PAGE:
Controling a four wire fan with an Arduino uno

I am trying to control a 12 volt 4 wire PC fan via an Arduino Uno. I want to be able to adjust the speed of the fan with a potentiometer. I am also using a LDR and an Ultrasonic Sensor as safety devices. The fan will only run if my desk lamp and office lights are one. The fan will also automatically shut off is there is something closer than 6 inches from the fan. I am also toying with the idea of monitoring the RPMs of the fan so that if the RPMs suddenly drop, the fan will also shut off.

The problem that I am running into at the moment is how to power everything and using a transistor. I’ve been told that I should use the same power supply to run both my Arduino and my fan. I’ve also been told that I can run both my Arduino and fan from the same power supply.

I’ve attached the schematic of my project. I am mostly wondering if I were to wire my project like the schematic would it work or how can I improve upon the design.

Any help would be greatly appreciated

Desktop Fan_schem.png
OK now, a number of points here.

A 4-wire fan is not controlled by a transistor, you feed PWM directly to the control wire while the fan remains connected to 12 V and ground.

You use the "tacho" wire as an input to the Arduino to monitor the fan speed. I seem to recall it is an open-collector so you would use INPUT_PULLUP on that pin.

If you were to use a transistor, you need a base resistor in series. A MOSFET is now the more appropriate component.

Your diagram shows a spurious connection from the LDR to "N/C"!

The 1k resistor on the LDR is probably too low. 10k may be more appropriate. And in general, it is a good idea to connect the LDR from input to ground and use a pull-up resistor to 5 V. Just using INPUT_PULLUP may work quite well.

For practical projects such as this, a Nano is easier to use than the clumsy UNO.

Powering "Vin" with 12 V is probably a bad idea. An external regulator (preferably a switchmode module) to supply 5 V to the "5V" pin would be better.

Hi,
What is the make and model of the fan?

Thanks.. Tom... :slight_smile:

The fan is a FOXCONN DC Brush less fan Model number PVA080G12Q. The wires from the fan are Yellow, Green, Black and Blue. Black is the ground and Yellow is the voltage. I am still working to identify the blue and green wires.

If I am understanding the previous post correctly

A 4-wire fan is not controlled by a transistor, you feed PWM directly to the control wire while the fan remains connected to 12 V and ground.

I can eliminate the transistor from my design since the via PWN directly from the pin

Powering "Vin" with 12 V is probably a bad idea. An external regulator (preferably a switchmode module) to supply 5 V to the "5V" pin would be better.

Then to power the Arduino, I need to drop the voltage coming from the power supply from 12 volts to 5 volts with an external regulator.

Would I be using a buck converter then? And can I use the same power supply to power both the regulator and the fan?

Also, I did my diagram wrong, the LDR is connected to analog pin 5

Hi,
There is some sort of standard;
This project my help, as the PWM frequency for most 4 wire fans is not the normal PWM frequencies available from a UNO PWM pin.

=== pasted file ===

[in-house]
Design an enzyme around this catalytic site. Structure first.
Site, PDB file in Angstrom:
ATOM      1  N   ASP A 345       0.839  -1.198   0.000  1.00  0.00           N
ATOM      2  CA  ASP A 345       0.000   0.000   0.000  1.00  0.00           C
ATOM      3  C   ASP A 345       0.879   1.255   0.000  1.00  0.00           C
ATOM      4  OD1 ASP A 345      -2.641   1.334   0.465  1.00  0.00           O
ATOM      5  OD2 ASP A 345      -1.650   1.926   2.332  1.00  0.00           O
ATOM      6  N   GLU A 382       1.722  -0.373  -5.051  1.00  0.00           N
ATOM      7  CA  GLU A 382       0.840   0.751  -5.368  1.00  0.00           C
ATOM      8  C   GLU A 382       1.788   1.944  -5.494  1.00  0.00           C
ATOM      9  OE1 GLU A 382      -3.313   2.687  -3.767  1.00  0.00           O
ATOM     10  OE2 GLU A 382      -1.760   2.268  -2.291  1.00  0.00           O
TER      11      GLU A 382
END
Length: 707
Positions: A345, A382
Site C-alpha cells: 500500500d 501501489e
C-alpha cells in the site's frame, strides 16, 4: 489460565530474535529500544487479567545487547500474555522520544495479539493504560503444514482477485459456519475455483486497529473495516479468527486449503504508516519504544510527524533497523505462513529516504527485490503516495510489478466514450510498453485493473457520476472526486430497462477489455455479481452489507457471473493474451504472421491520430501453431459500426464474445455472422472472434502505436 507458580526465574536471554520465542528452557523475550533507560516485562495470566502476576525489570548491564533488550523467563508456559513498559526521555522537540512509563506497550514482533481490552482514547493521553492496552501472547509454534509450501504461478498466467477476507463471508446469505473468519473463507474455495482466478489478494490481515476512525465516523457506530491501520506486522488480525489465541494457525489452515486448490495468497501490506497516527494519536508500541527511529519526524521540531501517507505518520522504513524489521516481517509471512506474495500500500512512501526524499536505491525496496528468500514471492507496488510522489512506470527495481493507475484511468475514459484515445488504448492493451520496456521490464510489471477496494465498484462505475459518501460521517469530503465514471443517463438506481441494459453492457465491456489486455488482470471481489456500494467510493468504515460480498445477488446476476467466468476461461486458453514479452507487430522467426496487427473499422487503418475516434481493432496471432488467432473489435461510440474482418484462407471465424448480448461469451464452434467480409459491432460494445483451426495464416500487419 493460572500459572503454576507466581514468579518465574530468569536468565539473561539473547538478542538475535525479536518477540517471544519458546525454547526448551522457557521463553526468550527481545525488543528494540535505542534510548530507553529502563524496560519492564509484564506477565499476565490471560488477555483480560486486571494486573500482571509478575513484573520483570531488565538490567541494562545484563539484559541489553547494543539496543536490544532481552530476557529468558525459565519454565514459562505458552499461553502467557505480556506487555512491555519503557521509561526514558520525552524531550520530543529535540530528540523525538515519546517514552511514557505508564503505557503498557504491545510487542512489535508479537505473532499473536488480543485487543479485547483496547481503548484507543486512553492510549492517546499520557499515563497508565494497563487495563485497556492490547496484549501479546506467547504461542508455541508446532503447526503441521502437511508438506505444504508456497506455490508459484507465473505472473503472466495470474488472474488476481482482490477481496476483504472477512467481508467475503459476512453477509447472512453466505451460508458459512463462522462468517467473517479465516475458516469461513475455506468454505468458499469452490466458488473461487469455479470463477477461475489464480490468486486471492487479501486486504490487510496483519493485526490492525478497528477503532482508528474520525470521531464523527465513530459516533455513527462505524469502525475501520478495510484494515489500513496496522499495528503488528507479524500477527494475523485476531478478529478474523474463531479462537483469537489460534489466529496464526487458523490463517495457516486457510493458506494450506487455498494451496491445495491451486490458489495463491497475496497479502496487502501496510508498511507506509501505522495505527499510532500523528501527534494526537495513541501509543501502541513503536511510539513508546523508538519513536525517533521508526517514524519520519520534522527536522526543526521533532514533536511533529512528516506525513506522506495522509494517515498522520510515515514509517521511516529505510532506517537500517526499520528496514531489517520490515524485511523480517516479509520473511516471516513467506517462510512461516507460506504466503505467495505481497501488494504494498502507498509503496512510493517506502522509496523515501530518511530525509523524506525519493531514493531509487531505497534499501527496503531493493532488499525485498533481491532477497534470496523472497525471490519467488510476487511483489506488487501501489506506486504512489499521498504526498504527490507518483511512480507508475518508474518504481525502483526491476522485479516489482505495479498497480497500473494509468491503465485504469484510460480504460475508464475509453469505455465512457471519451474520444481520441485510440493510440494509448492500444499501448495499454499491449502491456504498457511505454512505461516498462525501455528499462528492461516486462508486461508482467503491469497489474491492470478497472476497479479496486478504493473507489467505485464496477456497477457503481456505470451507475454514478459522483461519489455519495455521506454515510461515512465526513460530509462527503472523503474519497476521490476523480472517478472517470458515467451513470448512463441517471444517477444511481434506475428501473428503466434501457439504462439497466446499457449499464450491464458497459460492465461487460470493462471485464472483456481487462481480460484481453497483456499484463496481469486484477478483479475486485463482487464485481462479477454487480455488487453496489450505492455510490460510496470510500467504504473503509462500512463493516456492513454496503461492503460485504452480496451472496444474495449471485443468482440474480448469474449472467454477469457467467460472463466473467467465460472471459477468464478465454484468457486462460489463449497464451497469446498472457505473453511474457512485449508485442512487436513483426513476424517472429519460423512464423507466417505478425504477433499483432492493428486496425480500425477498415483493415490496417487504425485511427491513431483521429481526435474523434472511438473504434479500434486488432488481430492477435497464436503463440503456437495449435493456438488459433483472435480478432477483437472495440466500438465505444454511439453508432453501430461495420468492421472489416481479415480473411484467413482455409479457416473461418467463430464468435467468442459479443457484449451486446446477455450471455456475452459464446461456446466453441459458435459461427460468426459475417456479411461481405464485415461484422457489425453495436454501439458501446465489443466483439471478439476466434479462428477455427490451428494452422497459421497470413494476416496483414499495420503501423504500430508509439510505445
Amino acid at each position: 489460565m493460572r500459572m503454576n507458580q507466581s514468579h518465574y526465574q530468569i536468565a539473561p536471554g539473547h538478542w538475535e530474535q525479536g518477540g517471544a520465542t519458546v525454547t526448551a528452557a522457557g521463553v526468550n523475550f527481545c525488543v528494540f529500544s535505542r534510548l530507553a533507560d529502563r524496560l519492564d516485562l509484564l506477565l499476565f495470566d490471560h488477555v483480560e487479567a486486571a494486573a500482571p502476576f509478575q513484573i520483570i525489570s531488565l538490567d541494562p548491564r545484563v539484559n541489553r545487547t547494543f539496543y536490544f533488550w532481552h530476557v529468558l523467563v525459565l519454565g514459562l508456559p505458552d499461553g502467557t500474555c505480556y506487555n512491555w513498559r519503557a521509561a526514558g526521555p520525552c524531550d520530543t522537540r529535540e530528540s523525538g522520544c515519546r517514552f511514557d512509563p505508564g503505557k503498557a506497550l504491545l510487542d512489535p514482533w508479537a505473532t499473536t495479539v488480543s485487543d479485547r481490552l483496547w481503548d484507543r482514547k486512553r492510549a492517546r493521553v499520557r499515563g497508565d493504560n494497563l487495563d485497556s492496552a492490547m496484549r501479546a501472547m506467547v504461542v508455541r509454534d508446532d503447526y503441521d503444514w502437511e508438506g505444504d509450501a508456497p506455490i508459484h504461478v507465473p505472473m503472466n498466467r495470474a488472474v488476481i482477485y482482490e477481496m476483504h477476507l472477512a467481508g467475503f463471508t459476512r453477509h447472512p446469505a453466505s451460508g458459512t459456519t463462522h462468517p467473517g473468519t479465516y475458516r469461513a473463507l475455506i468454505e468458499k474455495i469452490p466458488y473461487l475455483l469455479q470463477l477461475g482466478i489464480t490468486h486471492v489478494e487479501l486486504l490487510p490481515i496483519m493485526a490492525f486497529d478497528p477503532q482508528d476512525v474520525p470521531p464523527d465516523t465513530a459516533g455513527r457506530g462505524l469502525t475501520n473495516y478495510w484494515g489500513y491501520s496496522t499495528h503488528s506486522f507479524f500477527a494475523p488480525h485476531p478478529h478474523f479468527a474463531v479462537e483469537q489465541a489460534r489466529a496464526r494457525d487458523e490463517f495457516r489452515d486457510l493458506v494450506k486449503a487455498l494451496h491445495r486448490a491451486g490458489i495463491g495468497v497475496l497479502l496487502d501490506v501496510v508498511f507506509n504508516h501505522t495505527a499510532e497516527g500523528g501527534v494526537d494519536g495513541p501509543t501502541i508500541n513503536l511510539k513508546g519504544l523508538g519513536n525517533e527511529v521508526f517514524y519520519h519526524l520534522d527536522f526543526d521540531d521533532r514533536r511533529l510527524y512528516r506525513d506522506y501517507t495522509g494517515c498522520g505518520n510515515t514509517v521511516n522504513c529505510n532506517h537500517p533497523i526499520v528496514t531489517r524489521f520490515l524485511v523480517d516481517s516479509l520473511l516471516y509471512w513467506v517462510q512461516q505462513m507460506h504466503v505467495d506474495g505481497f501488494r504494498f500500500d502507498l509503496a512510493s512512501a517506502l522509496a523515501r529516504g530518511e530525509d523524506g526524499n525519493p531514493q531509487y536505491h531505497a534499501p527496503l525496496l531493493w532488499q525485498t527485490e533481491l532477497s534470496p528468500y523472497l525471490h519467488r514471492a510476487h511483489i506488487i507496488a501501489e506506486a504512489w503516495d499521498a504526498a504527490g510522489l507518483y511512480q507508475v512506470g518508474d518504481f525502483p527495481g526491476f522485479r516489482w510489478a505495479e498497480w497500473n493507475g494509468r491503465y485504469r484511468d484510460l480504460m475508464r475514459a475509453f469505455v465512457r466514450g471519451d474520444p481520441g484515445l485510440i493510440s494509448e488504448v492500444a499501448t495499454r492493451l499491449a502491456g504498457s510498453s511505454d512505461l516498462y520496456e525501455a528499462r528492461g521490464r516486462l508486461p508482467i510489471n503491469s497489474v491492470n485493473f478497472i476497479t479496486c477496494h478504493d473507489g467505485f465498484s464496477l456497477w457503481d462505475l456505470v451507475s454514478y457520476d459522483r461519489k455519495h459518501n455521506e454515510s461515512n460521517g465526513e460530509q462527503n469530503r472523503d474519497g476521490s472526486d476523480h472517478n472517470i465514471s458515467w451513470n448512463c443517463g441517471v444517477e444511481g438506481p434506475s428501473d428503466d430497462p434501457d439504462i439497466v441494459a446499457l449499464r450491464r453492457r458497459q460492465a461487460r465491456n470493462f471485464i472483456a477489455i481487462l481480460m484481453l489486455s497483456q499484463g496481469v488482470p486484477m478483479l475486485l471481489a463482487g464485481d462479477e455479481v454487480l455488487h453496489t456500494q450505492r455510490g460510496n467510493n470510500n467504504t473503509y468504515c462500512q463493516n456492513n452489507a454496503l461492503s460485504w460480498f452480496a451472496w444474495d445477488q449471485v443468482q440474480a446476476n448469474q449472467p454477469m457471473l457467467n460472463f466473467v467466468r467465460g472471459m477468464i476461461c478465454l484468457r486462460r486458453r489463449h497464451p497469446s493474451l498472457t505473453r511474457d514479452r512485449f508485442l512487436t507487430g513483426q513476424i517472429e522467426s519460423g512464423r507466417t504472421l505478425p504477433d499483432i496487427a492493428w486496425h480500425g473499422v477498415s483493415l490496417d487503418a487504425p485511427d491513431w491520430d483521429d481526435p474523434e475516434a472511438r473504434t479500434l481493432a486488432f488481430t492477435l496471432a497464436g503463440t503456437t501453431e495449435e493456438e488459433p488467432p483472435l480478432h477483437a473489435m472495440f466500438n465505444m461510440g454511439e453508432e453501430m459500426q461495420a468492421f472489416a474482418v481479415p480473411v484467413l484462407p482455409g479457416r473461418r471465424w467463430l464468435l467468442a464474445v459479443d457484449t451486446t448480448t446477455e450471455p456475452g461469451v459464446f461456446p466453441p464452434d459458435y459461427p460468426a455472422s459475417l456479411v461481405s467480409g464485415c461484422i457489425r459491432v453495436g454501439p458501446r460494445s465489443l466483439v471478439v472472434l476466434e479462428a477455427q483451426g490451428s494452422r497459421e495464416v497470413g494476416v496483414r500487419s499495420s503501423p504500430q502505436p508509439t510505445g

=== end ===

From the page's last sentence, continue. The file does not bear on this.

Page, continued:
Tom... :slight_smile:

That project is helpful, but to monitor the actual fan speed as indicated in the Original Post, you need to interface the "tach" wire as well. I won't call the "tach" wire the "fourth wire" as it is actually the third wire on a three wire fan; the important requirement to verify that the fan was actually operating precedes the ability to control the fan speed directly.

Yes, you want to use a "buck" converter from your 12 V to power your Arduino at 5 V.

At this point, I think I need to look for a new fan, because I can't find a datasheet for my fan and I am not sure how to test the remaining wires to see which is the tach wire and which is the control wire. I know the fan works. I was playing around with using a relay to turn the fan on and off before I decided to control the speed of the fan via PWM.

Just our of curiosity, what makes the UNO so clunky besides the size of the board?

Connect one of the other wires to an Arduino input using pinMode of INPUT_PULLUP and count transitions for a second, then display it.

If no transitions, it is the PWM control to the fan, if lots of them it is the "tach" wire. :grinning:

Read the article TomGeorge cites.

The problem with the UNO is that it is too wide to fit on a solderless breadboard and one set of pin headers is offset so it does not match a breadboard or perfboard at all.

Also, it is supplied fitted with socket headers. Single wire connections to these are not secure; and you cannot solder directly to it.

And the "barrel jack" supplying the impractical on-board regulator is pretty much useless.

It is useful if an available "shield" allows you to perform every function you want all in one.

Hopefully this post hasn't completely died. August was a busy month.

I have identified all of the wires on my fan. I looked at the sketch that was posted by TomGeorge and I can get the sketch to work with my fan. But I am not understanding what is going on in the sketch.

I don't understand what the timers and registers are for.